Backstage, things were heating up for the big show. Just like a real fashion show, they had little cards taped to the floor where the talent was supposed to line up. I noticed the name of Travel & Leisure editor Nancy Novogrod (albeit misspelled), whom I know and like, and wondered what her dog was going to wear. That’s the kind of thing you think of at a doggie fashion show. I met a brother-and-sister pair of Italian greyhounds. The little girl was scared out of her wits, and I started to wonder if I should turn any of these professional dog handlers in to the A.S.P.C.A. (where my dog Turbo came from).

Across town at the decidedly swankier Carlton Hotel, Puppy Love @  Yappy Hour was taking place.

Put on by Animal Fair magazine editorial director Wendy Diamond, who also serves as C.P.O. (Chief Pet Officer), Yappy Hour is a floating monthly cocktail mixer. Last month’s was at the Kempton Hotel.

This event was a phantasmagoria of dog action. There was an adoption center (all three dogs were adopted, yay!) and fund-raiser for the Humane Society. The mixers also serve as a way for fellow dog owners to meet and possibly mate, which sounds crazy, but Wendy tells me “I’ve married a bunch of couples.”

Here there are dogs everywhere, not all of them in clothes and not all of them tiny. This is clearly a dog social event, and I am starting to feel really guilty that my dogs got left home.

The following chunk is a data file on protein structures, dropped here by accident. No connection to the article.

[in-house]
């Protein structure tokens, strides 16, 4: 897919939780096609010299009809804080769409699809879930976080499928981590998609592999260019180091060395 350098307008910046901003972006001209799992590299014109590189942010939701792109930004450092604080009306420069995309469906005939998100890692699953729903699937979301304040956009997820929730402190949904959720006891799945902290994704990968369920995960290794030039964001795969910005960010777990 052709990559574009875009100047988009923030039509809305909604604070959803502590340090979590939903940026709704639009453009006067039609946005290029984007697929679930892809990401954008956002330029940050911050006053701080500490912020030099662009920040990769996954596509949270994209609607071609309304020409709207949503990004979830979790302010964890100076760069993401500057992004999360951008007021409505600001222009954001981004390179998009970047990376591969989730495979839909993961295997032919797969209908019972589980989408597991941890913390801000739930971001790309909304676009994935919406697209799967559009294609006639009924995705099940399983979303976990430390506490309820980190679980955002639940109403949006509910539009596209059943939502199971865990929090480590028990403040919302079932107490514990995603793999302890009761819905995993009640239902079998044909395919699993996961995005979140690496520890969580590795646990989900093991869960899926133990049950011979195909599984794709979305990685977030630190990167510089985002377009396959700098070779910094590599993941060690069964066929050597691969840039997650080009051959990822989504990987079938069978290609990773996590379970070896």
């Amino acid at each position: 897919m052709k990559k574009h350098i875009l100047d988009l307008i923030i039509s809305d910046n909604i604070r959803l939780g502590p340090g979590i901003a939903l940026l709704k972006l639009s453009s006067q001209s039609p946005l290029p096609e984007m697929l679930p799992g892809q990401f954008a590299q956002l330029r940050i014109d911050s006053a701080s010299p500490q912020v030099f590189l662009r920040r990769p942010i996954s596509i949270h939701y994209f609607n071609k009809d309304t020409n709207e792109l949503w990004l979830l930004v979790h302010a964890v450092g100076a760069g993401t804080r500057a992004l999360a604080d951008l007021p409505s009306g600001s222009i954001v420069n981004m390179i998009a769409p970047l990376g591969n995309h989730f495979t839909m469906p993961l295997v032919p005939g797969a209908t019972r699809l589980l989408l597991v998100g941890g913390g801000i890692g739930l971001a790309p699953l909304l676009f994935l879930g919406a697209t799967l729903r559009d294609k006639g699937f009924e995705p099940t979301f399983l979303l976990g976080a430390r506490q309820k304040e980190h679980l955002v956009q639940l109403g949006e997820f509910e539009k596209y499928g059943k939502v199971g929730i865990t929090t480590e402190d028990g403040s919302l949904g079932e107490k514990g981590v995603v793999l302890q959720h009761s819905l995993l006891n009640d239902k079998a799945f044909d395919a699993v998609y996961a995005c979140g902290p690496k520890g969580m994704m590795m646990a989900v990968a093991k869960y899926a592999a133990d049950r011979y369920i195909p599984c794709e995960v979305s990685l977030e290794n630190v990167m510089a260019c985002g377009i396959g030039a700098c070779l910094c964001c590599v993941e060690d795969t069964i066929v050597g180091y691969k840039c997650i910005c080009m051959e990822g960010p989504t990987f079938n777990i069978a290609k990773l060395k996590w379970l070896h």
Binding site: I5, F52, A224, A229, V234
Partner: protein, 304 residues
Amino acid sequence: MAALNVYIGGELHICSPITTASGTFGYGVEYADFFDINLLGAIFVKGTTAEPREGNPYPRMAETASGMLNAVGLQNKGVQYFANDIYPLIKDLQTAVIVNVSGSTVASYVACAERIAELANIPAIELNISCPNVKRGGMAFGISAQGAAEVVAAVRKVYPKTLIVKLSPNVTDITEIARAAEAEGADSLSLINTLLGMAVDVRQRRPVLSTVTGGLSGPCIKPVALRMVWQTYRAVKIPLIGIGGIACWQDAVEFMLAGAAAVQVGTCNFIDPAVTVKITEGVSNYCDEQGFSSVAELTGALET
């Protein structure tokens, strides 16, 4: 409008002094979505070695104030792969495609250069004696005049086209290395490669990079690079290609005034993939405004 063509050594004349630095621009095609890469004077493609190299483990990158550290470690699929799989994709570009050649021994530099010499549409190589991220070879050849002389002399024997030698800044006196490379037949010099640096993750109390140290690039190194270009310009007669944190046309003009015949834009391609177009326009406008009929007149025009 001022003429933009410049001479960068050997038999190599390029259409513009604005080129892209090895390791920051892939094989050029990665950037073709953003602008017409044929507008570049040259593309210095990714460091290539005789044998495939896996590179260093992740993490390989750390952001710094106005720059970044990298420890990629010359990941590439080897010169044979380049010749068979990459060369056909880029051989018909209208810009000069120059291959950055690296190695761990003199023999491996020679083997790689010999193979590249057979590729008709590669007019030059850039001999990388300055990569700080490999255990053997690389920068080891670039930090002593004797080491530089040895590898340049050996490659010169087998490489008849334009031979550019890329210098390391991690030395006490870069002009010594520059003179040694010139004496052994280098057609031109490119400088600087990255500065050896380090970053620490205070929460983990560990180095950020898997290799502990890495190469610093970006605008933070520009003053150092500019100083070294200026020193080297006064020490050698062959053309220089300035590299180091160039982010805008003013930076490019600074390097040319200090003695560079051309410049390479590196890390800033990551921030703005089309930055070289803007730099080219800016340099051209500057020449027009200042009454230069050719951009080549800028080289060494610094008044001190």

Again there was the wee-wee area, but this event had a doggie buffet with treats and samples provided by Cesar dog food company and I can here offer an unsolicited testimonial. My puppy Jetta will eat anything (today including dental floss, complete with the container), but Turbo is very discriminating. Sometimes he wants a shrimp, sometimes he doesn’t, sometimes he wants a little cheese, sometimes he doesn’t, but he really loves the Cesar treats that are shaped like a little paw print. I wish they were a little bigger.

So after pocketing more than my share of dog food, I started mingling. I chatted with celebrity housewives and dog owners Dina Manzo and Ramona Singer, who posed in front of the step-and-repeats (sans pets), and socialite Tinsley Mortimer. I couldn’t help but be fascinated by TV fitness pitchman John Basedow, who was filming a segment of himself and by himself in the hotel lobby.

What gives, John?

“Well my puppy handler and my cameraman got in an accident and couldn’t come, so I’m shooting myself for my Web site.”

Oh, that’s awful. Were your dog wrangler or your cameraman hurt?

“It’s the same person, and no, thanks for asking, but they had to fill out forms. You know how it is.”

Well, I do know how it is to fill out police accident forms, but I have to admit I was starting to wonder about the employment polices of FitnessMadeSimple.com. But you can go there and decide for yourself, and maybe buy John’s new book called, wait for it, Fitness Made Simple.

I went to say thank you to Wendy, and I had to ask, aside from donations to the Humane Society, how do you make money on this program?

“Oh, I don’t know how to make money on these things at all—can you help me? I just do this because I love dogs and I want to get dogs adopted, and I love the Humane Society—you know they’ve been around over a hundred years, and they never turn any dog away—and I also love getting dog people together. Why don’t you get more involved? You have dogs.”

Sign me up, Wendy.